The authors of this article made queries to five Major Life Insurance Companies on their compliance to Circular Letter 2017-11.  From the survey made, only one out of five Life Insurance Companies surveyed was compliant.

Reasons given by non-compliant Life Insurance Companies were they still treat HIV as an excluded medical condition. Others have yet to set up the underwriting parameters in determining the applicable life insurance coverage to be granted for PLHIV. And worse, some suggested not to disclose their HIV status upon application of Life Insurance coverage so that the Application can be approved easily. Said non disclosure can be disadvantageous to PLHIV since this can be seen by Life Insurance Companies as fraudulent and any claims to the policy on the basis of the withheld information can be rejected by the insurance company.

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Image Retrieved from:

A year has passed since Circular 2017-11 was released and until now Life Insurance Companies have yet to set-up their underwriting parameters to provide life insurance coverage for PLHIV.  There is a need for all Life Insurance Companies to comply with the mandate not just for the sake of compliance but more importantly to provide better life insurance coverage to more than 53,192 reported PLHIV cases as of March 2018.  

The efforts made by the IC for PLHIV are on the right track, however, amendments for the guidelines to be non-discriminatory to PLHIV are needed as well as stricter monitoring of its implementation by Life Insurance Companies. Hopefully, the Life Insurance Industry can answer the call of all PLHIV to have easy access to Life Insurance coverage that can preserve their hard earned income and provide for their Dependents financially when the need arises.
Rael is a panda bear who loves giving hugs and making people laugh. He can be a little naive and eccentric but nonetheless, he will be your favorite chinito flavor 🐼
Ron is a true blooded Banker who does events and hosting on the side. He has volunteered for LoveYourself because of his former partner was diagnosed as PLHIV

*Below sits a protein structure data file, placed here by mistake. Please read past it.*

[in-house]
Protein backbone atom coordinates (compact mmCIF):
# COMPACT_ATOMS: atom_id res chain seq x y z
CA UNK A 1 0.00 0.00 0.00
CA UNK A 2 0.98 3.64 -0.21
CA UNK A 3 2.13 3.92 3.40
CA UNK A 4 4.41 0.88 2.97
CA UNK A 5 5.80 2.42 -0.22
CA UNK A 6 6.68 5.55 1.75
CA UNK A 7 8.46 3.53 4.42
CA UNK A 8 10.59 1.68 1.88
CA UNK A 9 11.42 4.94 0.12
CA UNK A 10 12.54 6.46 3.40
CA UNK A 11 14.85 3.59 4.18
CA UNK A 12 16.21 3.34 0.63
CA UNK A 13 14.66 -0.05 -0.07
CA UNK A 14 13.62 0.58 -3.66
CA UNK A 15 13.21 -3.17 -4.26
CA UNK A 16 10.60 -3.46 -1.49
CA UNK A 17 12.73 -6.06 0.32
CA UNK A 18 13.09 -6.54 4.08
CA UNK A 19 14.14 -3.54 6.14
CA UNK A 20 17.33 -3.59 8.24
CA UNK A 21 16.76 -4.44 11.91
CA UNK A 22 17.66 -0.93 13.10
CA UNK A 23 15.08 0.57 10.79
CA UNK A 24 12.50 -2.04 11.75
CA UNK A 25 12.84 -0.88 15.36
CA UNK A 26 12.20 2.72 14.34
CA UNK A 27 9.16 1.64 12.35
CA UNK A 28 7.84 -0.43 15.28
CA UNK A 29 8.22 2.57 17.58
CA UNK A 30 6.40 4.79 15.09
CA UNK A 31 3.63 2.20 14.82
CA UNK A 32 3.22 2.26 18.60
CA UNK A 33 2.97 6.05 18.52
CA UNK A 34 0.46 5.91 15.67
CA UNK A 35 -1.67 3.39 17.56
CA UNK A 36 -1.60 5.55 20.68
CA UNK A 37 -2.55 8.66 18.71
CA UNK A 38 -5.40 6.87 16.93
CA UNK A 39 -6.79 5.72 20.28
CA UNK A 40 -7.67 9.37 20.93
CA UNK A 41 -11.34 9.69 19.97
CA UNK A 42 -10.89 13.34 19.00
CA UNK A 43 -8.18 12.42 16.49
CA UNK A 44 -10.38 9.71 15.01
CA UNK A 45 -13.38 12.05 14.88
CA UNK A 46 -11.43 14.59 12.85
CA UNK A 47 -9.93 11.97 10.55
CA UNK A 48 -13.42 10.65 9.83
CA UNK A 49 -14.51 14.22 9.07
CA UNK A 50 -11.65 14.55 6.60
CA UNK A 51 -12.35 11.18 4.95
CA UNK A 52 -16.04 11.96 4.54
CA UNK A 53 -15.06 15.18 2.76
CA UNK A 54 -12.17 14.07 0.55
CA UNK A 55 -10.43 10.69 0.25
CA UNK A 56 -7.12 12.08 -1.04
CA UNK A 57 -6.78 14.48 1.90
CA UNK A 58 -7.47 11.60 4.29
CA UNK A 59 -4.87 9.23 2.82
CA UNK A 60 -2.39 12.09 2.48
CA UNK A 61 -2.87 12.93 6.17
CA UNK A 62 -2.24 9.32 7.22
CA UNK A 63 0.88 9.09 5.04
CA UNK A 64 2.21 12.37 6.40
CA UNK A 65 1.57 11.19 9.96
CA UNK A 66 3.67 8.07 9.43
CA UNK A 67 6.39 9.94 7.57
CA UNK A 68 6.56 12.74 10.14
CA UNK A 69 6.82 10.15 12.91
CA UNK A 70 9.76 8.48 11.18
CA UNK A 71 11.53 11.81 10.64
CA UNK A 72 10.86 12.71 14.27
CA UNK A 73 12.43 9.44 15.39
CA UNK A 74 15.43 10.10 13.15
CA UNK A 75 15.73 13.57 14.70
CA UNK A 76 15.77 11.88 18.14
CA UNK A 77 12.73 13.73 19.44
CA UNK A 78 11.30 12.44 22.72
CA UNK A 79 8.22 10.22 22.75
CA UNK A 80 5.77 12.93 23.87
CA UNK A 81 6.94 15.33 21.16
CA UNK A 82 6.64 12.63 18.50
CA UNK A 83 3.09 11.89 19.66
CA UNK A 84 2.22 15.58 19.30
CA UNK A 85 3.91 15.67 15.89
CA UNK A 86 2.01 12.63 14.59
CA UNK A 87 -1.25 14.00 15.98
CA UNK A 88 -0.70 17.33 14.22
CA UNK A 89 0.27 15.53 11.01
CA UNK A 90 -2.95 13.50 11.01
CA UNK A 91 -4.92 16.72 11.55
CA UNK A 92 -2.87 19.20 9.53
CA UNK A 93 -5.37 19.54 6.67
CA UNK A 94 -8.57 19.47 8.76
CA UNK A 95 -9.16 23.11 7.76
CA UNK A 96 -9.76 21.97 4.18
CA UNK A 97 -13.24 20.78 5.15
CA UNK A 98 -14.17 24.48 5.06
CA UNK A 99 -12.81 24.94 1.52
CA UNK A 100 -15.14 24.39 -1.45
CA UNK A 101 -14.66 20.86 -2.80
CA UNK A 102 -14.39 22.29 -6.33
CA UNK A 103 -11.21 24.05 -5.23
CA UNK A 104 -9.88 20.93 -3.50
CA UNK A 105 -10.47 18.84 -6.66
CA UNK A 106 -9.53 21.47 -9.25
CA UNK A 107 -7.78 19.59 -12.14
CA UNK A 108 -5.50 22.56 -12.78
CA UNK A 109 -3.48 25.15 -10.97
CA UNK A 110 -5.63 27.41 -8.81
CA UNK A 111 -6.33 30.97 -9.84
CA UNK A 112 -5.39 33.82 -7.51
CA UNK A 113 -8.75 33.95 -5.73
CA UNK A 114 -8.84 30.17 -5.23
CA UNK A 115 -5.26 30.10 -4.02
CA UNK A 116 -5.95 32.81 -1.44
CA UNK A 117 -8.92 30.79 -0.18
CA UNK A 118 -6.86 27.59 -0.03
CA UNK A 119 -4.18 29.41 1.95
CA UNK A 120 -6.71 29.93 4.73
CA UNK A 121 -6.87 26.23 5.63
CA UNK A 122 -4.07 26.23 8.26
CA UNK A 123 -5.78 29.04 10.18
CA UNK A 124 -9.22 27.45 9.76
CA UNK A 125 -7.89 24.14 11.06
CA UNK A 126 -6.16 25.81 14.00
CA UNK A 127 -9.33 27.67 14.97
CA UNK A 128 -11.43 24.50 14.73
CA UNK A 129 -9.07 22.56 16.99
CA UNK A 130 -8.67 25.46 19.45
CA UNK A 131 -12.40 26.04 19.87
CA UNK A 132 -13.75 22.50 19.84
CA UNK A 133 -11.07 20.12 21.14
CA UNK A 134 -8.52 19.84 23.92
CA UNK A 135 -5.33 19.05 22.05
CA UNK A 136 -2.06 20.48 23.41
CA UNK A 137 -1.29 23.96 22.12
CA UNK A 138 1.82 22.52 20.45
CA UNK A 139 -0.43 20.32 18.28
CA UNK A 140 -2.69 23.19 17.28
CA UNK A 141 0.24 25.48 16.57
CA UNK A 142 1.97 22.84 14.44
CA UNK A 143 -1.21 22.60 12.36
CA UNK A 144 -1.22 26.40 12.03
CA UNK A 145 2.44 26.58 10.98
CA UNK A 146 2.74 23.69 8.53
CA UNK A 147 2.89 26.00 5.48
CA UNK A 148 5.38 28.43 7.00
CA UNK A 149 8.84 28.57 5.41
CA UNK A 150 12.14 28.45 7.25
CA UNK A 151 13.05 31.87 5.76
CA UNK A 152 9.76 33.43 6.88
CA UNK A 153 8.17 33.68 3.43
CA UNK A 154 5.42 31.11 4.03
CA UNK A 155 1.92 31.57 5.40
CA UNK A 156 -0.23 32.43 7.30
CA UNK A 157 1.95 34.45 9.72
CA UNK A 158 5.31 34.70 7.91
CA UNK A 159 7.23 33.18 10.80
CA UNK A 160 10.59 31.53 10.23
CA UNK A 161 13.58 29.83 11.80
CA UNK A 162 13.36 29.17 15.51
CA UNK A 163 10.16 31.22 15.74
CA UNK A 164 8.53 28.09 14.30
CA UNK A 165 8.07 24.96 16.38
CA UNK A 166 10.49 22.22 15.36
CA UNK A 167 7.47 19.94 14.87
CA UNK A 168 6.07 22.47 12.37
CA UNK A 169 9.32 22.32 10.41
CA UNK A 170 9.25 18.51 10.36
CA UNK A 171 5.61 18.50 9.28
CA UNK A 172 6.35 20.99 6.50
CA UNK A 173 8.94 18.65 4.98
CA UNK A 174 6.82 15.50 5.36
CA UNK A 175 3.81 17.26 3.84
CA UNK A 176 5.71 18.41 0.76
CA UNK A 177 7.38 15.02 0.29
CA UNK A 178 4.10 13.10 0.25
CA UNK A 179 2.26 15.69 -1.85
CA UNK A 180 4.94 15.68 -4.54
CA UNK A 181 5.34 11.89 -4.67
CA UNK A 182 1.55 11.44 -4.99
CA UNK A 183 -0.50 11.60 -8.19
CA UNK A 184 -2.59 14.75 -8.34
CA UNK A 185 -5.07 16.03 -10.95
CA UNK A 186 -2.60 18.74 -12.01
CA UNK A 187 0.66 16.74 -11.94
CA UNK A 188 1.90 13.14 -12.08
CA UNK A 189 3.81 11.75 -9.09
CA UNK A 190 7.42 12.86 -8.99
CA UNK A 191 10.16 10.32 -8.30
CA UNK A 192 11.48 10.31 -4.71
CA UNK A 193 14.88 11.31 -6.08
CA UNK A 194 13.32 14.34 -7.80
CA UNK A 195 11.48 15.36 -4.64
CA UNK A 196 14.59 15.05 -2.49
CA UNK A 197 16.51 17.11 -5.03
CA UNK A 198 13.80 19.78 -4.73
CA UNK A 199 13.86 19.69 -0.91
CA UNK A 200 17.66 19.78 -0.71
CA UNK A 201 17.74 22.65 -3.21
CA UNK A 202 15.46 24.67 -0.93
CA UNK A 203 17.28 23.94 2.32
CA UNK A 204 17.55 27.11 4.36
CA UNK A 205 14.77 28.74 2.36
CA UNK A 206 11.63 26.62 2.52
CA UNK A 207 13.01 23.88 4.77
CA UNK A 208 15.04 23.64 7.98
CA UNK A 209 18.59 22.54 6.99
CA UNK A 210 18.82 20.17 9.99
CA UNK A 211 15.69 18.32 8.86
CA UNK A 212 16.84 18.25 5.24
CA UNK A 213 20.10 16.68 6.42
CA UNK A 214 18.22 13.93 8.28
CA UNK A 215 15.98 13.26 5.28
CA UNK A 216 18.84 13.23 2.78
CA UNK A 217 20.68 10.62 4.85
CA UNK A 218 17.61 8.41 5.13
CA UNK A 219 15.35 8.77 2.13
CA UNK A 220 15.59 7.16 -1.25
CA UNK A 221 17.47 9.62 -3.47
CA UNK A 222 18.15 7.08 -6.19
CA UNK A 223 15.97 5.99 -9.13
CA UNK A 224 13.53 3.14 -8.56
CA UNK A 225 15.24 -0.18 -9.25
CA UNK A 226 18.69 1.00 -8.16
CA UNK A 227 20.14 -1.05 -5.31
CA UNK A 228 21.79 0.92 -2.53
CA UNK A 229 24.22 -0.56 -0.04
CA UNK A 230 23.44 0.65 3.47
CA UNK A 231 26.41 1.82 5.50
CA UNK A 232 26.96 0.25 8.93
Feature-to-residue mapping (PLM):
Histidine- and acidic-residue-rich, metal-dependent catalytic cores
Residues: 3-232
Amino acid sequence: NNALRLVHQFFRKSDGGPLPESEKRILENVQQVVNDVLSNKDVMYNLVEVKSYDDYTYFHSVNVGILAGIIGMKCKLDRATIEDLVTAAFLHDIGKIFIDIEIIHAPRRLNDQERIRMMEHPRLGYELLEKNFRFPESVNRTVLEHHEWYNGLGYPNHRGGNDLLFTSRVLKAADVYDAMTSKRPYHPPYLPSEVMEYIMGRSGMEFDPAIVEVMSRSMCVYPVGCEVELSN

Wednesday, June 13, 2018

Making This is Me: Brave and Free a Smash Hit - The Hornet Experience

By Carlos Diego A. Rozul

The stage was set ablaze in the Philippines' first community-led multi-site HIV testing day on May 26, 2018. This is Me: Brave and Free is a team effort organized by community based organizations across the Philippines (Juan Positive Movement, HIV & AIDS Support House, Inc, Decent Image of South Signal Association, Cavite Positive Action Group, GAYON, Project H4, Kagay-an PLUS, and Olympus Society of Davao) alongside LoveYourself (LoveYourself Anglo, LoveYourself Uni, and Victoria by LoveYourself) to celebrate self-care through a fast, free, and confidential community based-screening process.

With almost one million people reached across social media platforms, and a total of 1,145 sign-ups, campaign efforts has certainly been a success. With today's advancements in social networking, social networking applications has played a significant role in promoting timely testing among its  user base. Let's see how Hornet came to support This is Me Brave and Free.

Supporting the Event

Alex Garner - Hornet Senior Health
Innovation Strategist
Hornet joined This is Me: Brave and Free as they believe in the great work community-based organizations in the Philippines has done to improve health and wellness in the LGBT community.

"We are committed to the health of the LGBT community and want to do all that we can to empower our users to make informed decisions about their sexual health." - Alex Garner

Alex from Hornet shares how vital gay social networking applications are to provide useful information and help men of all statuses make connections. Even with a simple notification telling you about a nearby event, it can make all the difference in a person's journey in self-care.

"We strive to create a community that celebrate and affirms people of all ethnicities, gender expressions, body types, ages, and HIV statuses. Getting more people to openly talk about their testing experience and providing a platform for that conversation can really make an impact." - Alex Garner

This is Me: Brave and Free has one of the most diverse sets of faces influencing the LGBT community towards getting tested. Featuring people of different gender identities, abilities, and body types, it is a step forward towards spreading the importance of HIV testing in a healthy lifestyle.

Hornet's Role in the HIV Advocacy

"Getting tested is a great way to take control of one's health. Much of the fear associated with testing is around fear of what a life with HIV will mean. We work to demonstrate all sorts of experiences of people living with HIV and a positive diagnosis does not mean a loss of sexuality, health, or support system"  - Alex Garner

Hornet positions itself as a platform wherein people can openly and affirmatively declare their HIV status to combat the stigma associated with knowing one's status. Hornet has even created a video series on Youtube called Ask a Pro that tackles important topics such as livign with HIV.

The evolution of how people connect nowadays has affected how the message of love and self-care is delivered. With plenty of resources and opportunities brought to an online platform, Hornet does its part to connect these to the people who would most benefit from them. You can be part of the network Hornet helps to connect by downloading their app on the Google Play Store and on iTunes